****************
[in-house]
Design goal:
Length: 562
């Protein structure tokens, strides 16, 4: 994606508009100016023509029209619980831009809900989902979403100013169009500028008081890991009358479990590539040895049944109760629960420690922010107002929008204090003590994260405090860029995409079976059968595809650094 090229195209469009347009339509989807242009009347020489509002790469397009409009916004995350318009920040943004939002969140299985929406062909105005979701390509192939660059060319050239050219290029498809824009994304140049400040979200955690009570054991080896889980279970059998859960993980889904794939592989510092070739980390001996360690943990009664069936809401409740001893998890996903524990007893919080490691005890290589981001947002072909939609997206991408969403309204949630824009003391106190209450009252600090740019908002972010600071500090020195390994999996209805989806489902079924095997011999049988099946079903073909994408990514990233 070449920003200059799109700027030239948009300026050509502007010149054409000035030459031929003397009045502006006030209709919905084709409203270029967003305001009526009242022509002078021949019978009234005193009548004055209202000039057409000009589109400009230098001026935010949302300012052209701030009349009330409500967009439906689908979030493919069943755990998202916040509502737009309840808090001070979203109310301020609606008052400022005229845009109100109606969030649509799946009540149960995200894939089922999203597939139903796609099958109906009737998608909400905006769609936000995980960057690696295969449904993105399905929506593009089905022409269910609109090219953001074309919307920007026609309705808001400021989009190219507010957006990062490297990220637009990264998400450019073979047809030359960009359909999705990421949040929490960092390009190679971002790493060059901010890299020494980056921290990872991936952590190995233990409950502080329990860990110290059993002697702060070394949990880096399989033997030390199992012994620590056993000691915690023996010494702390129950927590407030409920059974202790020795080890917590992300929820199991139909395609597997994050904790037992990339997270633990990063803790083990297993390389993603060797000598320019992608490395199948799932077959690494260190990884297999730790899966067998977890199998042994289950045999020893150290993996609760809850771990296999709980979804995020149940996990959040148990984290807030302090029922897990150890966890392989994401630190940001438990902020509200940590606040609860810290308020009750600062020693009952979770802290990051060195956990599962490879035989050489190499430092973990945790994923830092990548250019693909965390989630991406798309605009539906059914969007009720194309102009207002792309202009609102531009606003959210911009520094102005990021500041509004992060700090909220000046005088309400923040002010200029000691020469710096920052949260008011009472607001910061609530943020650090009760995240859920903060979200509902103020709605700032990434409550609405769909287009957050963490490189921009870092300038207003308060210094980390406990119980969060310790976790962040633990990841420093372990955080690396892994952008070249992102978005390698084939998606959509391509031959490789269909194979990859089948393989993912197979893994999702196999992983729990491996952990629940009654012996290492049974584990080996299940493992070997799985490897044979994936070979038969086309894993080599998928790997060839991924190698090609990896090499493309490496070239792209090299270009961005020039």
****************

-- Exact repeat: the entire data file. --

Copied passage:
[in-house]
Design goal:
Length: 562
């Protein structure tokens, strides 16, 4: 994606508009100016023509029209619980831009809900989902979403100013169009500028008081890991009358479990590539040895049944109760629960420690922010107002929008204090003590994260405090860029995409079976059968595809650094 090229195209469009347009339509989807242009009347020489509002790469397009409009916004995350318009920040943004939002969140299985929406062909105005979701390509192939660059060319050239050219290029498809824009994304140049400040979200955690009570054991080896889980279970059998859960993980889904794939592989510092070739980390001996360690943990009664069936809401409740001893998890996903524990007893919080490691005890290589981001947002072909939609997206991408969403309204949630824009003391106190209450009252600090740019908002972010600071500090020195390994999996209805989806489902079924095997011999049988099946079903073909994408990514990233 070449920003200059799109700027030239948009300026050509502007010149054409000035030459031929003397009045502006006030209709919905084709409203270029967003305001009526009242022509002078021949019978009234005193009548004055209202000039057409000009589109400009230098001026935010949302300012052209701030009349009330409500967009439906689908979030493919069943755990998202916040509502737009309840808090001070979203109310301020609606008052400022005229845009109100109606969030649509799946009540149960995200894939089922999203597939139903796609099958109906009737998608909400905006769609936000995980960057690696295969449904993105399905929506593009089905022409269910609109090219953001074309919307920007026609309705808001400021989009190219507010957006990062490297990220637009990264998400450019073979047809030359960009359909999705990421949040929490960092390009190679971002790493060059901010890299020494980056921290990872991936952590190995233990409950502080329990860990110290059993002697702060070394949990880096399989033997030390199992012994620590056993000691915690023996010494702390129950927590407030409920059974202790020795080890917590992300929820199991139909395609597997994050904790037992990339997270633990990063803790083990297993390389993603060797000598320019992608490395199948799932077959690494260190990884297999730790899966067998977890199998042994289950045999020893150290993996609760809850771990296999709980979804995020149940996990959040148990984290807030302090029922897990150890966890392989994401630190940001438990902020509200940590606040609860810290308020009750600062020693009952979770802290990051060195956990599962490879035989050489190499430092973990945790994923830092990548250019693909965390989630991406798309605009539906059914969007009720194309102009207002792309202009609102531009606003959210911009520094102005990021500041509004992060700090909220000046005088309400923040002010200029000691020469710096920052949260008011009472607001910061609530943020650090009760995240859920903060979200509902103020709605700032990434409550609405769909287009957050963490490189921009870092300038207003308060210094980390406990119980969060310790976790962040633990990841420093372990955080690396892994952008070249992102978005390698084939998606959509391509031959490789269909194979990859089948393989993912197979893994999702196999992983729990491996952990629940009654012996290492049974584990080996299940493992070997799985490897044979994936070979038969086309894993080599998928790997060839991924190698090609990896090499493309490496070239792209090299270009961005020039």